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Hector Sosa
Hector Sosa

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Understanding How to Access Google APIs

Google has an extensive library of APIs that developers can use to build powerful integrations for the web. Their 400-strong API library, ranges from Maps, Email, Calendar, Drive, Sheets, and a lot more.

Today, we will explore how to access Google APIs using OAuth 2.0 protocol for Server-side Web Applications. Here are a couple of assumptions that I'm taking here:

  • You have a Google account
  • Understand Node.js (or Next.js given that its API routes are Express-compliant)

If you need more in-depth documentation, please check the Google Identity Documentation.

Here's a diagram of what we're trying to accomplish today:

OAuth 2.0 Protocol for Google APIs

Why does OAuth matter?

OAuth allows users to share specific data with an application while keeping their usernames, passwords, and other information private. For example, we are building this example to create a Calendar Management application, therefore we want to access our Google Calendar to create, send and manage calendar invitations securely (disclaimer: we won't build the integration but only explore how to authorize our web application for it).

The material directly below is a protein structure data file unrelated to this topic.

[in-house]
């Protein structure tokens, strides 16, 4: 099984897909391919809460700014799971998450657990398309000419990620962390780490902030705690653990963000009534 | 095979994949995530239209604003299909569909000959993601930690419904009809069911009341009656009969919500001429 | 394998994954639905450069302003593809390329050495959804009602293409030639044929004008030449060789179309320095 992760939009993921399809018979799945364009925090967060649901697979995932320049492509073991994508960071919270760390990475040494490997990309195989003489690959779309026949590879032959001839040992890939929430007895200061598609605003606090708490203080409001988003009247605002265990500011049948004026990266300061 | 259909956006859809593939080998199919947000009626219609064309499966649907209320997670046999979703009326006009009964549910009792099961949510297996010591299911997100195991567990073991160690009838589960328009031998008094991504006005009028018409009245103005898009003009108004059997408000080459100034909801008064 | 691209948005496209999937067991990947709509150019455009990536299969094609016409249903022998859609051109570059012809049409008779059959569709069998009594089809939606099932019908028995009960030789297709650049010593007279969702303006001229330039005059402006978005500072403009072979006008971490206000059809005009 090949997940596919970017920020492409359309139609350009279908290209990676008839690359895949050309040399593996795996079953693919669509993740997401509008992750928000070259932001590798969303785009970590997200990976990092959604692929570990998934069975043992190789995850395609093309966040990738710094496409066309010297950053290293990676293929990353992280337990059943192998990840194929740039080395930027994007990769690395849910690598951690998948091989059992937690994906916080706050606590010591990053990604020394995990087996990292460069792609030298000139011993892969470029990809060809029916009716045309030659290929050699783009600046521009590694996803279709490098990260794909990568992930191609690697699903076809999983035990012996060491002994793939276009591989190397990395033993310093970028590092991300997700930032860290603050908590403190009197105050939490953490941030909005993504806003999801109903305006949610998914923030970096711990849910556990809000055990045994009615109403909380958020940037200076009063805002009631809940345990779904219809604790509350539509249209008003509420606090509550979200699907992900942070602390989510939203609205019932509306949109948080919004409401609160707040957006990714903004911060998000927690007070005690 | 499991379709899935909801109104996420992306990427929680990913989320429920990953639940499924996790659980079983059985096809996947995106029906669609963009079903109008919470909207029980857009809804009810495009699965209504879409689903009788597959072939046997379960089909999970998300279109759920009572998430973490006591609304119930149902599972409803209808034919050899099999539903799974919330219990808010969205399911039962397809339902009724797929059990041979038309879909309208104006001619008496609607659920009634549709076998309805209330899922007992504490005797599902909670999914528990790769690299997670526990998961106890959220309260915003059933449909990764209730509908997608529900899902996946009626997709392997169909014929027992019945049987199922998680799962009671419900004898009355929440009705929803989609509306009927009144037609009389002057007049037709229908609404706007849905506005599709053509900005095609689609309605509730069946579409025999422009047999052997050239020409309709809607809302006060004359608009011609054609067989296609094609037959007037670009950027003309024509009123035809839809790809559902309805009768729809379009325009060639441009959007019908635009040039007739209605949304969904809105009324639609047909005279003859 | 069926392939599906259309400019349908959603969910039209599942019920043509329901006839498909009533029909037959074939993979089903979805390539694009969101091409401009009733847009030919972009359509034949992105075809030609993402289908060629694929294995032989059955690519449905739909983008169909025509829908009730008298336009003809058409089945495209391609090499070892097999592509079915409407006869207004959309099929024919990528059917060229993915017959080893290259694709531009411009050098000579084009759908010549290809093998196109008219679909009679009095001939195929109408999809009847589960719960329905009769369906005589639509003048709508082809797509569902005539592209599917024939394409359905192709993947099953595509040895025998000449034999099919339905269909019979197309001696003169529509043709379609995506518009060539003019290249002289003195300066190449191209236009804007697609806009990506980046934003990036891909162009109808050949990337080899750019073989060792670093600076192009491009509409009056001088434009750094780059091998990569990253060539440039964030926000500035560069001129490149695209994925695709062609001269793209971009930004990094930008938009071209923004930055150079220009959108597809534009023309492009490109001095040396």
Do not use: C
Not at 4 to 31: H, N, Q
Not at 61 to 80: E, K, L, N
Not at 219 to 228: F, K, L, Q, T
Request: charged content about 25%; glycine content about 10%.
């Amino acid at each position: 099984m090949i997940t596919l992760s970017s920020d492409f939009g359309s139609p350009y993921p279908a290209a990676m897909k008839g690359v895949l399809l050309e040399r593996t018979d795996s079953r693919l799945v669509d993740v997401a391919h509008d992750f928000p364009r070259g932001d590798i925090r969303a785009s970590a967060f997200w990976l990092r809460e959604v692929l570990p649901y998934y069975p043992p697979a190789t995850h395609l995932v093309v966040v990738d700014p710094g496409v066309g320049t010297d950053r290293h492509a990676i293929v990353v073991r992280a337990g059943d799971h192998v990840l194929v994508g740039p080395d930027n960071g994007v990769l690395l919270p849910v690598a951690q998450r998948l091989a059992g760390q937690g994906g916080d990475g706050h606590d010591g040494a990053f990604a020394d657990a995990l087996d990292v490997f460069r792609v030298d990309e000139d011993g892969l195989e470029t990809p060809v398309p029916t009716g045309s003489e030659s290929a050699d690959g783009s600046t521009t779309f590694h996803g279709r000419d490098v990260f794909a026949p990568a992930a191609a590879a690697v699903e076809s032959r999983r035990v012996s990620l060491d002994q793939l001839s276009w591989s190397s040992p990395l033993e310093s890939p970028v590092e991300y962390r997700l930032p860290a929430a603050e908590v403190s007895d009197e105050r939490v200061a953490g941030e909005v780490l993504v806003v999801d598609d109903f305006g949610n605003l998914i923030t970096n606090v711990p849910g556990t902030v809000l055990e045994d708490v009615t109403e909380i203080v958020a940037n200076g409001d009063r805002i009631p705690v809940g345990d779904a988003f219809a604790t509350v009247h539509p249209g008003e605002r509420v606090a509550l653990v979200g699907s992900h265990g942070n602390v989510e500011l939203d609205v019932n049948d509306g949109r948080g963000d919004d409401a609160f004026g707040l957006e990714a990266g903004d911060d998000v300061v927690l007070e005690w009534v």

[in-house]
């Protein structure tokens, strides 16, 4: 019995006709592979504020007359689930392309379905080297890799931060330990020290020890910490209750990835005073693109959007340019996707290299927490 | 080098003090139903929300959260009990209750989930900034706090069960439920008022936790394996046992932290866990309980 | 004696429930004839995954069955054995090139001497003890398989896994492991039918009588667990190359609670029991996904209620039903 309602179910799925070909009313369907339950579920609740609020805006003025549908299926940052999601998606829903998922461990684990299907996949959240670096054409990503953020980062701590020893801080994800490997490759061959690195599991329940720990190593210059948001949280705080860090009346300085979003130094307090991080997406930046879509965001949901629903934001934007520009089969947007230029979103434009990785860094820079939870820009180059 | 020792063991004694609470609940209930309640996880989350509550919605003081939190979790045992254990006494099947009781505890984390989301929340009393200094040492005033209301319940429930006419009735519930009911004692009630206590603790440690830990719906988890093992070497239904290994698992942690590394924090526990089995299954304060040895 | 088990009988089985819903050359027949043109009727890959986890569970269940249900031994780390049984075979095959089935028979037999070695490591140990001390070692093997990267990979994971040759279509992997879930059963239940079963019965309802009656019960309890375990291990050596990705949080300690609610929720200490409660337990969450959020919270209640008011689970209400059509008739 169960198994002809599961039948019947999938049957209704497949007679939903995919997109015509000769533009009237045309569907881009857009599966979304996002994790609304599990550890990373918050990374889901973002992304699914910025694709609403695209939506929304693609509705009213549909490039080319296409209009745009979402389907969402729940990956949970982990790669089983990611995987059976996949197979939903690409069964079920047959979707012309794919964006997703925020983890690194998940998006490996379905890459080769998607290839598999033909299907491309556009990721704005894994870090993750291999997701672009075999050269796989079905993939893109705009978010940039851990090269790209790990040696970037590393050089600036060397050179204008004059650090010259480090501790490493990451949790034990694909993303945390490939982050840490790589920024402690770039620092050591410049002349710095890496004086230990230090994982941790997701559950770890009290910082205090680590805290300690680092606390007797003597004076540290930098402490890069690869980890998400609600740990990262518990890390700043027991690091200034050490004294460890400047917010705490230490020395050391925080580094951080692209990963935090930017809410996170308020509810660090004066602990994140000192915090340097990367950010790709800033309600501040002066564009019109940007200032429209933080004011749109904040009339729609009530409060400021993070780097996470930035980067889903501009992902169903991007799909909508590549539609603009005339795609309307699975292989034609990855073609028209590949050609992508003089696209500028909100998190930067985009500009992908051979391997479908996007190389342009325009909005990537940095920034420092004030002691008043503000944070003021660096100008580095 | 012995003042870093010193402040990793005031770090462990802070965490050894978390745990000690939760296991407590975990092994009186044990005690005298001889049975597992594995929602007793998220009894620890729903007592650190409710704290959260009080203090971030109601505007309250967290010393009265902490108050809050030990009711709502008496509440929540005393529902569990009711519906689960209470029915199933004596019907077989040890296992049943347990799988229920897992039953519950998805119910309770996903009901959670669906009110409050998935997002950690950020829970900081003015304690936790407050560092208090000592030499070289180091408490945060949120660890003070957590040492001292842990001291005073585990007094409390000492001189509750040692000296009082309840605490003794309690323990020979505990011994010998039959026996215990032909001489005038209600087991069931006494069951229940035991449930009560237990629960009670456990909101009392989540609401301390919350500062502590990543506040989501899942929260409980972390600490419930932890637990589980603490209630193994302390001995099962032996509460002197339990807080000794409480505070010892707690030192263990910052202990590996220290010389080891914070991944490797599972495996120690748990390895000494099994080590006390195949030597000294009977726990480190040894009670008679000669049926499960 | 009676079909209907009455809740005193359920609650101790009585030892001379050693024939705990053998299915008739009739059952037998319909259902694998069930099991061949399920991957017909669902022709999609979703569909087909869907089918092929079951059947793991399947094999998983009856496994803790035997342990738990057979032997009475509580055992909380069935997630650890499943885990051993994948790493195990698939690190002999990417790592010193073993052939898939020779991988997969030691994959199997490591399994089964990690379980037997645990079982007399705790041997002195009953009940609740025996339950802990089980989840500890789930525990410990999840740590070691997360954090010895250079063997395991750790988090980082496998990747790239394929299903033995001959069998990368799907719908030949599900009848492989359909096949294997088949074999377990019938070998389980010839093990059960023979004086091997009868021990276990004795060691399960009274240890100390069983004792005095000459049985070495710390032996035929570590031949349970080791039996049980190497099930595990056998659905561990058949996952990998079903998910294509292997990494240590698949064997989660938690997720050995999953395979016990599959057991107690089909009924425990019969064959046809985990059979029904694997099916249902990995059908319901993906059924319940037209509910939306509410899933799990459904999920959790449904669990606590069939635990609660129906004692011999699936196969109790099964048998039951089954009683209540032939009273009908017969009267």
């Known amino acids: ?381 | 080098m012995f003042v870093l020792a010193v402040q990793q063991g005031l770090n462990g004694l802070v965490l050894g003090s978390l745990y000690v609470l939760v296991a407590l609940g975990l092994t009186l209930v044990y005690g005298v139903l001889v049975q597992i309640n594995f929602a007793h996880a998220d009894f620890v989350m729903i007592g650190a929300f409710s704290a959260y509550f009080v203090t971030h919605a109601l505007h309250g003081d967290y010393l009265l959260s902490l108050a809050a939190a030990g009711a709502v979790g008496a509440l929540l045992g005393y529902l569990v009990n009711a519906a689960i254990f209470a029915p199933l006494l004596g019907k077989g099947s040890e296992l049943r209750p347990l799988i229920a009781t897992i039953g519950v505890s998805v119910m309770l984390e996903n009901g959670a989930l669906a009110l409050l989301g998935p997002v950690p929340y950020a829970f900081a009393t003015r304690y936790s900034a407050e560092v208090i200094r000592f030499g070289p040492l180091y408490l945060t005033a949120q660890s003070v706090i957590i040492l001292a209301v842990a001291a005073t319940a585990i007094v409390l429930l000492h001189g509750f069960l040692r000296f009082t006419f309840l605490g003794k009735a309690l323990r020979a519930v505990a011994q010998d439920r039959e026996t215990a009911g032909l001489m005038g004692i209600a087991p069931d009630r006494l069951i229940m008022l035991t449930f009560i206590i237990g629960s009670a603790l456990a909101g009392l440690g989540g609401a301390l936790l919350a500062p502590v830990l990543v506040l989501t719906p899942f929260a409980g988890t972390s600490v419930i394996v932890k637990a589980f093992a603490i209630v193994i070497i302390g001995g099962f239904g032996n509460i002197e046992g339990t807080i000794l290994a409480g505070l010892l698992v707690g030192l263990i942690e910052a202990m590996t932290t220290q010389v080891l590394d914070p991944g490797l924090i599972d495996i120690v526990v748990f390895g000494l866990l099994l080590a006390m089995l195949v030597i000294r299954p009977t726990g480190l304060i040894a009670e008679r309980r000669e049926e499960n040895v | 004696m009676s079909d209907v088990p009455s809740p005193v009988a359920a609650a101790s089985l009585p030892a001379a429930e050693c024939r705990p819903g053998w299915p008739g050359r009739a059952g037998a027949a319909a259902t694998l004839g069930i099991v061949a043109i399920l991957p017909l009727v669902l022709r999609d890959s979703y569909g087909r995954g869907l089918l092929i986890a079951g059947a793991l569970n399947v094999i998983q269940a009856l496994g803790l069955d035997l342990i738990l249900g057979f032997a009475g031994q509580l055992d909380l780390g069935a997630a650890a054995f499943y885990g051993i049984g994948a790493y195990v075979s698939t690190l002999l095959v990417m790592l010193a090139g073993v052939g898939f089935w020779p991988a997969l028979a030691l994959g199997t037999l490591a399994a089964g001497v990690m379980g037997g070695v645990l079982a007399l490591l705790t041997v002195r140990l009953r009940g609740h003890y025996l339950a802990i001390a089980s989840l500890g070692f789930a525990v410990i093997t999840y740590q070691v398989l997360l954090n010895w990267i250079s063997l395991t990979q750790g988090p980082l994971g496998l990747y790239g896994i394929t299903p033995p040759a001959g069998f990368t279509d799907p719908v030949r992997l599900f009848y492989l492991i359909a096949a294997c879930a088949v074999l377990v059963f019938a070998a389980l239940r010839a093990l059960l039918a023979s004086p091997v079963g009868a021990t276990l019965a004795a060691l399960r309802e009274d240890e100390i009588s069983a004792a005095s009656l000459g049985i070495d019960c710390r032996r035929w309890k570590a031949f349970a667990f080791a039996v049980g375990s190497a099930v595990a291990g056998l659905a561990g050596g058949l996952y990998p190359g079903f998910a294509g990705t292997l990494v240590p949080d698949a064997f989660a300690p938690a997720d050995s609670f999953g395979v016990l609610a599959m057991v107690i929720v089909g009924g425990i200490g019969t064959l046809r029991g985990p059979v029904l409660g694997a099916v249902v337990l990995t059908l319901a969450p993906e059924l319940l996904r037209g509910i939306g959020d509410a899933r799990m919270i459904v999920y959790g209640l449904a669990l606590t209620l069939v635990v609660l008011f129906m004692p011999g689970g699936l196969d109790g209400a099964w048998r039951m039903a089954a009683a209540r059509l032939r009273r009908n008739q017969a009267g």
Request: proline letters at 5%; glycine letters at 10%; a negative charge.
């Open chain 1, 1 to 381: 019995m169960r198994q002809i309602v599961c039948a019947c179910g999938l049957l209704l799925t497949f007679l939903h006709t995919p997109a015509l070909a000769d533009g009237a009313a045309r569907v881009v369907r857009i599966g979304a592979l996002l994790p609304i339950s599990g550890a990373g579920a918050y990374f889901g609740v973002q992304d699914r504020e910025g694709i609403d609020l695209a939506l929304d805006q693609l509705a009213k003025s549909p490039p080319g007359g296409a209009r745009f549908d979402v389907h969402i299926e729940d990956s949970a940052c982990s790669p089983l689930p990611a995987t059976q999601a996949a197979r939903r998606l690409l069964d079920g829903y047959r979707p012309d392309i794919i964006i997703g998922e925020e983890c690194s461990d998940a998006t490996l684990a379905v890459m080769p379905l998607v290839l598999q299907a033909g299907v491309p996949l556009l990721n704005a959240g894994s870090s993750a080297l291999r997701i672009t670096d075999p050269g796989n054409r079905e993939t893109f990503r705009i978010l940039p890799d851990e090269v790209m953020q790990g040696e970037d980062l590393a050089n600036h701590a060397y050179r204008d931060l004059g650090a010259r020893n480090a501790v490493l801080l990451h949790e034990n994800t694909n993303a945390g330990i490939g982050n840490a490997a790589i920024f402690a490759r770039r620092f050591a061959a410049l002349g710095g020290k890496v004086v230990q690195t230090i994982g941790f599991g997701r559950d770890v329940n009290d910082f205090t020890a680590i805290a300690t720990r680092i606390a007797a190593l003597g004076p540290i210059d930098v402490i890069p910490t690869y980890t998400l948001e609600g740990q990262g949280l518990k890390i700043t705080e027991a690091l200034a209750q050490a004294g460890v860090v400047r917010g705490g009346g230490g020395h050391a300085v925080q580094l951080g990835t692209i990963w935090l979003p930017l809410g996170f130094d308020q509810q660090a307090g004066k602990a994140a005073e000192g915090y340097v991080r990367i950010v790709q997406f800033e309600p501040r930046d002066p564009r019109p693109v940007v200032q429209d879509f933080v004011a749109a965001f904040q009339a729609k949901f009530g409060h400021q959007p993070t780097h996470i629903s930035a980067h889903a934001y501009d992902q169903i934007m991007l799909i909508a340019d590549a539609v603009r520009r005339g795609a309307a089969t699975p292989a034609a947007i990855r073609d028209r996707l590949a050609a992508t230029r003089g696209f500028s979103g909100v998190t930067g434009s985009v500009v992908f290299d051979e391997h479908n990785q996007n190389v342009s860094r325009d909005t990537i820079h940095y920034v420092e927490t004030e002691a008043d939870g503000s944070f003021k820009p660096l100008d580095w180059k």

A properly authorized web application can access an API while the user interacts with the application or after the user has left the application.

Configuring Google Console

Let's enable an API for your project (we will use Google Calendar):

  1. Open the API Library in the Google API Console
  2. If prompted, select a project, or create a new one
  3. Select the API you want to enable, then click the Enable button
  4. Open API and Services > OAuth consent screen
  5. Create a User Type Internal application (you do not need to define Scopes here)
  6. Open API and Services > Credentials
  7. Select the Web application application type
  8. Fill in the form and click Create. Please specify authorized redirect URLs (for testing you can enable http://localhost:3000, but don't forget to add your production URL)
  9. Safely store the client_id, client_secret, redirect_url.

Identify your access scopes

Scopes enable your application to only request access to the resources that it needs. Here is a full list of scopes that you might use to access Google APIs: OAuth 2.0 API Scopes. Here's the example of the ones I selected for our Calendar application:

const scopes: string[] = [
    "https://www.googleapis.com/auth/calendar",
    "https://www.googleapis.com/auth/calendar.events",